The Maryland Department of Agriculture will receive nearly $80,000 in funding from the U.S. Department of Agriculture via the 2014 Farm Bill. These funds will support three projects: a Phytophthora ramorum survey the development of an early detection system for exotic honey bee pests, and a grape commodity survey. “This funding gives us the ability to further our efforts in preventing the introduction and spread of plant pests, diseases and pathogens,” said Assistant Secretary for Plant Industries Carol Holko. “These projects address commodities that are integral parts of Maryland agriculture
, and will help protect the industry and the consumer.”
The supported projects are listed below:
- Grape Commodity Survey ($24,986): Many Maryland wineries buy grapes from other states for their wine production. Moving grapes (fruits and vines), both into and out of our state, makes it easier for an invasive pest to be introduced or established in Maryland. Surveys of these vineyards are important in keeping the industry safe from these harmful pests.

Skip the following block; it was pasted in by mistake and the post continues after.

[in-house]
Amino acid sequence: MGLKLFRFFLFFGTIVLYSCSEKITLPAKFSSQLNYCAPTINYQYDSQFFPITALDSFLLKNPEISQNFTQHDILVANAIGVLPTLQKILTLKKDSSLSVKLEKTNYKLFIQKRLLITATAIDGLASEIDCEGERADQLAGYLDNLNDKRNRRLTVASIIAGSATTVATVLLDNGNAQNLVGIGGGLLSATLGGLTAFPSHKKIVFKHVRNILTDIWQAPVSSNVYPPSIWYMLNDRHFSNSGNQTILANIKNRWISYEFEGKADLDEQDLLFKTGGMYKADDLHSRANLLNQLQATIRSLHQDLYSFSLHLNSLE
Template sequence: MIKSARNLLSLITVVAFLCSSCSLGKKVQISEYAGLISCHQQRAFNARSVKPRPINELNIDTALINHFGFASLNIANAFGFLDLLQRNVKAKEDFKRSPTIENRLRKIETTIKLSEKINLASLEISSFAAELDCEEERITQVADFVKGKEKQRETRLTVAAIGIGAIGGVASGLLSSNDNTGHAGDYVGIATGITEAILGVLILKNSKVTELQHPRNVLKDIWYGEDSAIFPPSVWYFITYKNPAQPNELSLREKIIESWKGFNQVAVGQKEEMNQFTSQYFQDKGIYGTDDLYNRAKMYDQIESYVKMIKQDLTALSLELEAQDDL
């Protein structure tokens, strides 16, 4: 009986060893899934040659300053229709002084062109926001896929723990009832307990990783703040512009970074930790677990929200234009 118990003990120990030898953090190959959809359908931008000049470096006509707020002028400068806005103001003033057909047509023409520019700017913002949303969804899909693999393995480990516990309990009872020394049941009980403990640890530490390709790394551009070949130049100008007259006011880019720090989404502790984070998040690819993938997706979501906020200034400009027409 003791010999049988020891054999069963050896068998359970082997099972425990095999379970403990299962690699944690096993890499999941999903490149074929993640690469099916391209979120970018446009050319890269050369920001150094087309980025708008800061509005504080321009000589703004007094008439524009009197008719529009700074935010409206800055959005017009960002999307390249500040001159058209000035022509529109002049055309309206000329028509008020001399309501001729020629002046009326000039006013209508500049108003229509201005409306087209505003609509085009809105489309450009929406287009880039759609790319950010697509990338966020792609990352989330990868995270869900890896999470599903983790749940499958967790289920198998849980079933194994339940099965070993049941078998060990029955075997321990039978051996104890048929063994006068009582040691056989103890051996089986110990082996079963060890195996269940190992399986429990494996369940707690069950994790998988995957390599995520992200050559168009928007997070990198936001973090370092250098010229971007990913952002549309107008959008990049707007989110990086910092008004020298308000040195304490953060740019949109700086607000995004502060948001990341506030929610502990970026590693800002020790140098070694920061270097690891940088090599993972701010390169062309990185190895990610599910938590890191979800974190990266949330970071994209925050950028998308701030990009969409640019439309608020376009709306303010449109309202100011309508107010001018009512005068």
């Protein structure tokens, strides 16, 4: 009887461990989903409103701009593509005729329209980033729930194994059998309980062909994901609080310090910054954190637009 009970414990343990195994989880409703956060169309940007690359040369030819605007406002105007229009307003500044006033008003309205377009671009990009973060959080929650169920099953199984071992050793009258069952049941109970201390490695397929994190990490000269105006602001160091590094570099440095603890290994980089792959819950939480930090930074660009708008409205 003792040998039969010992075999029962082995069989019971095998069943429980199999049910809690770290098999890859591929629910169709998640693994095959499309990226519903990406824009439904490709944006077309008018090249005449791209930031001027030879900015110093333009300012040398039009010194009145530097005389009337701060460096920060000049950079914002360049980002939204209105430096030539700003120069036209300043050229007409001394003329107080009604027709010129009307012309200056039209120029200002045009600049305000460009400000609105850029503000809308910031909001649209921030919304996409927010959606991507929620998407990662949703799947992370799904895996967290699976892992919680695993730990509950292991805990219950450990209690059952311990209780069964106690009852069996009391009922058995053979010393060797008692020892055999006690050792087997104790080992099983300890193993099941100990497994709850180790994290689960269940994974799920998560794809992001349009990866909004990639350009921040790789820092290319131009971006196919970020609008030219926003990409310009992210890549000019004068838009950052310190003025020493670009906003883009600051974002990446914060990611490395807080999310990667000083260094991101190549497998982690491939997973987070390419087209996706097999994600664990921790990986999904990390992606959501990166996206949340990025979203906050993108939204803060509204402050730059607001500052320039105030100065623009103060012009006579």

- P. ramorum Survey ($35,000): The nursery industry is the second largest agricultural commodity in Maryland. Based on a crop cash value of more than $400 million, it is the number one cash crop in the state. The large nursery industry in the United States allows for the free flow of most nursery stock, increasing the possibility of establishing P. ramorum, a pathogen that causes sudden oak death, a disease. Because many large nurseries receive plants from areas known to have P. ramorum, a survey to test these highly susceptible stocks is crucial in marketing Maryland plant stock as free from P. ramorum.
- Development of an Early Detection System for Exotic Honey Bee Pests ($20,000): To protect honey bees from exotic pests, the department will set 8-10 traps to collect data on exotic/invasive honey bee pests. Many of these traps will be concentrated along the Chesapeake Bay, a pathway that carries large amounts of international cargo. Much of this cargo originates in countries that are known to have the invasive pests targeted by this survey. There will be more information on this project later this spring.